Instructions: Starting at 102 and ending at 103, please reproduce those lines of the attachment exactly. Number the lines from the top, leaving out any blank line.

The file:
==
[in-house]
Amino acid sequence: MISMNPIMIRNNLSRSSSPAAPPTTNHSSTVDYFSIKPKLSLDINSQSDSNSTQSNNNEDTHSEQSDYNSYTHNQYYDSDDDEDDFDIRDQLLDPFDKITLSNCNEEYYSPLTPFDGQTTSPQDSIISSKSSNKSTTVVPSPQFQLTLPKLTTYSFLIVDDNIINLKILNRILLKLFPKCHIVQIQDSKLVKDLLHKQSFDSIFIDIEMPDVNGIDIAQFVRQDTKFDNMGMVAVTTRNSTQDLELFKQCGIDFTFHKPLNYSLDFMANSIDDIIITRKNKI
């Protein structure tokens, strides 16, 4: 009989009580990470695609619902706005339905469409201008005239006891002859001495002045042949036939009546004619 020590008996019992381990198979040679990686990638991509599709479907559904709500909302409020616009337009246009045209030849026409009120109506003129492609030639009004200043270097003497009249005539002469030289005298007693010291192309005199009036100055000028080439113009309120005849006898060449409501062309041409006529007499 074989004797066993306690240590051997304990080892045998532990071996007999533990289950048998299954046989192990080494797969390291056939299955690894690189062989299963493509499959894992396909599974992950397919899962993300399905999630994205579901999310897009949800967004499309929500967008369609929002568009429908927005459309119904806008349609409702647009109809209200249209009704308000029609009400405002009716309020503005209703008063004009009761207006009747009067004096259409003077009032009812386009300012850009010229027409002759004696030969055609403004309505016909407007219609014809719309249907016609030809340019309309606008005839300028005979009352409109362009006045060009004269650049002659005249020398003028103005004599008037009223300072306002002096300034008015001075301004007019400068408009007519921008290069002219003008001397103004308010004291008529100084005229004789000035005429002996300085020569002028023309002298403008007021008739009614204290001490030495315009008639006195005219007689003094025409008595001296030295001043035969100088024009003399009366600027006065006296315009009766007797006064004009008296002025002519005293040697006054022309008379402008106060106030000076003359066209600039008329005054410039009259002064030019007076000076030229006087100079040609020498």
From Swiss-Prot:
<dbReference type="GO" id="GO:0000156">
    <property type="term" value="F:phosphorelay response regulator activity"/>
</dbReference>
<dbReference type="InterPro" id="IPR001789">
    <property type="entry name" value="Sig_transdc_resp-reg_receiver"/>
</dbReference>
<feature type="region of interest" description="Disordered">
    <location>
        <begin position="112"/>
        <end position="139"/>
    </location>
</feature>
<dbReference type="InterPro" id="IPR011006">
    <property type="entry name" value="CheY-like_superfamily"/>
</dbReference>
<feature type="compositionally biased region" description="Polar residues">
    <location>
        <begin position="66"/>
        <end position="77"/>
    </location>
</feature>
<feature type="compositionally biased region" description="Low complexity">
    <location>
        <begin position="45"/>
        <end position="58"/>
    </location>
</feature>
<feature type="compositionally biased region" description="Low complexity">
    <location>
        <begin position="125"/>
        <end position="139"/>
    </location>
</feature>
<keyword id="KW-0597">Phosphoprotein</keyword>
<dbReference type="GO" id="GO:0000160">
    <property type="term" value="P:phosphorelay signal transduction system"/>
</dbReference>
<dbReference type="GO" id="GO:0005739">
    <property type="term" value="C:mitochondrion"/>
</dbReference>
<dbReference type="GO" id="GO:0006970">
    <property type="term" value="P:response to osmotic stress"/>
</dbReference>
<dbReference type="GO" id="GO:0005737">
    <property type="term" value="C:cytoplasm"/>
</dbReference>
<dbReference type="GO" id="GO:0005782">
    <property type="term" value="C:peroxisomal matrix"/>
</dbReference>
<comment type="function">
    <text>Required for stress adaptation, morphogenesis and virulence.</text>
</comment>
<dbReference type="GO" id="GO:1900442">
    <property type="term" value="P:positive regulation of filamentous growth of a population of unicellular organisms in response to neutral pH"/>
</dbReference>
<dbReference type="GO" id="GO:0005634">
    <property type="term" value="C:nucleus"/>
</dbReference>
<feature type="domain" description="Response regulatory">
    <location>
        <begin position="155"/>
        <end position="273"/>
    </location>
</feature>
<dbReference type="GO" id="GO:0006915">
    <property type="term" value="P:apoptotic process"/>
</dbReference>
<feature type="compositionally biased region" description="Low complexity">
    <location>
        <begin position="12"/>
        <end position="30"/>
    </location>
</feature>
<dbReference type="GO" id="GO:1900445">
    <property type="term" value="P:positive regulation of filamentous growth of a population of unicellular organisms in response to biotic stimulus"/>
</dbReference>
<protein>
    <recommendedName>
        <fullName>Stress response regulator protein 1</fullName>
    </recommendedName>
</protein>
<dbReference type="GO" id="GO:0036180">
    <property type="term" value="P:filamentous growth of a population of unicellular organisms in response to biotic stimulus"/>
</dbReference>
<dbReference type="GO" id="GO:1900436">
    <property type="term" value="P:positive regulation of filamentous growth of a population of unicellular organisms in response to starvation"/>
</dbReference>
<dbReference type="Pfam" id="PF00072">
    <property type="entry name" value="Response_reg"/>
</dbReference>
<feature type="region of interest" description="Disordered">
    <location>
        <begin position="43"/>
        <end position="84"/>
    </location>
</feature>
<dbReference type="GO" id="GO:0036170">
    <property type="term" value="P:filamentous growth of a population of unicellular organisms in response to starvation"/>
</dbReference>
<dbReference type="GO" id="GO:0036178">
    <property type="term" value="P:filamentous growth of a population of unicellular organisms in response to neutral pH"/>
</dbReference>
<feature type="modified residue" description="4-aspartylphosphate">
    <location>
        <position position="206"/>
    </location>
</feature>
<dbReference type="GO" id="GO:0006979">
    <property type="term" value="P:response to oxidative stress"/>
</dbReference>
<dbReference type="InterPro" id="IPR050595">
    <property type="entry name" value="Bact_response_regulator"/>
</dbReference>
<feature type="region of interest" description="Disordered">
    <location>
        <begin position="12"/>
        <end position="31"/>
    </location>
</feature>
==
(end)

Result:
    <property type="term" value="P:filamentous growth of a population of unicellular organisms in response to starvation"/>
</dbReference>